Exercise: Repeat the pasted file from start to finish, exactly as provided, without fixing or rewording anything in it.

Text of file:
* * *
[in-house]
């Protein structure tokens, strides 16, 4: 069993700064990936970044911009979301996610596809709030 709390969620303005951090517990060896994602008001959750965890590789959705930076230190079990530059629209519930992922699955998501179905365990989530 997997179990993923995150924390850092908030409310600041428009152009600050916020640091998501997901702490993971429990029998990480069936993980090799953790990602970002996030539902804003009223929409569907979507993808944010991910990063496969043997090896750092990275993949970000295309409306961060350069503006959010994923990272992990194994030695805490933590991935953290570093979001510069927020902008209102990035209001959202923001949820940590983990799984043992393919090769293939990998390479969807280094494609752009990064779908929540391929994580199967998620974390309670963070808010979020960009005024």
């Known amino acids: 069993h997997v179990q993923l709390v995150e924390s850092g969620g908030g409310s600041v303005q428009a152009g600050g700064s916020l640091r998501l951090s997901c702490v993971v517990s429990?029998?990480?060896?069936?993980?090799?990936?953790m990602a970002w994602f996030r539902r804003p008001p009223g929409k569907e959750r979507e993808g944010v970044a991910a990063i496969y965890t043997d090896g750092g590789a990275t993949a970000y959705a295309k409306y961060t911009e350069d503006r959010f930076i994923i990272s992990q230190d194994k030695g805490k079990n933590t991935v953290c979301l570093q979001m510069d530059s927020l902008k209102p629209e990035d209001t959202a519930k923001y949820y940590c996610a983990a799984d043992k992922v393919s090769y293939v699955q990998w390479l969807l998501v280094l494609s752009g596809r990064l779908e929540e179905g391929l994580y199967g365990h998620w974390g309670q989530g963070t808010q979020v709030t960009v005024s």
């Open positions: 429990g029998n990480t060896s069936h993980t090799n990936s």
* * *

[in-house]
């Protein structure tokens, strides 16, 4: 069993700064990936970044911009979301996610596809709030 709390969620303005951090517990060896994602008001959750965890590789959705930076230190079990530059629209519930992922699955998501179905365990989530 997997179990993923995150924390850092908030409310600041428009152009600050916020640091998501997901702490993971429990029998990480069936993980090799953790990602970002996030539902804003009223929409569907979507993808944010991910990063496969043997090896750092990275993949970000295309409306961060350069503006959010994923990272992990194994030695805490933590991935953290570093979001510069927020902008209102990035209001959202923001949820940590983990799984043992393919090769293939990998390479969807280094494609752009990064779908929540391929994580199967998620974390309670963070808010979020960009005024």
């Known amino acids: 069993h997997v179990q993923l709390v995150e924390s850092g969620g908030g409310s600041v303005q428009a152009g600050g700064s916020l640091r998501l951090s997901c702490v993971v517990s429990?029998?990480?060896?069936?993980?090799?990936?953790m990602a970002w994602f996030r539902r804003p008001p009223g929409k569907e959750r979507e993808g944010v970044a991910a990063i496969y965890t043997d090896g750092g590789a990275t993949a970000y959705a295309k409306y961060t911009e350069d503006r959010f930076i994923i990272s992990q230190d194994k030695g805490k079990n933590t991935v953290c979301l570093q979001m510069d530059s927020l902008k209102p629209e990035d209001t959202a519930k923001y949820y940590c996610a983990a799984d043992k992922v393919s090769y293939v699955q990998w390479l969807l998501v280094l494609s752009g596809r990064l779908e929540e179905g391929l994580y199967g365990h998620w974390g309670q989530g963070t808010q979020v709030t960009v005024s």
């Open positions: 429990g029998n990480t060896s069936h993980t090799n990936s």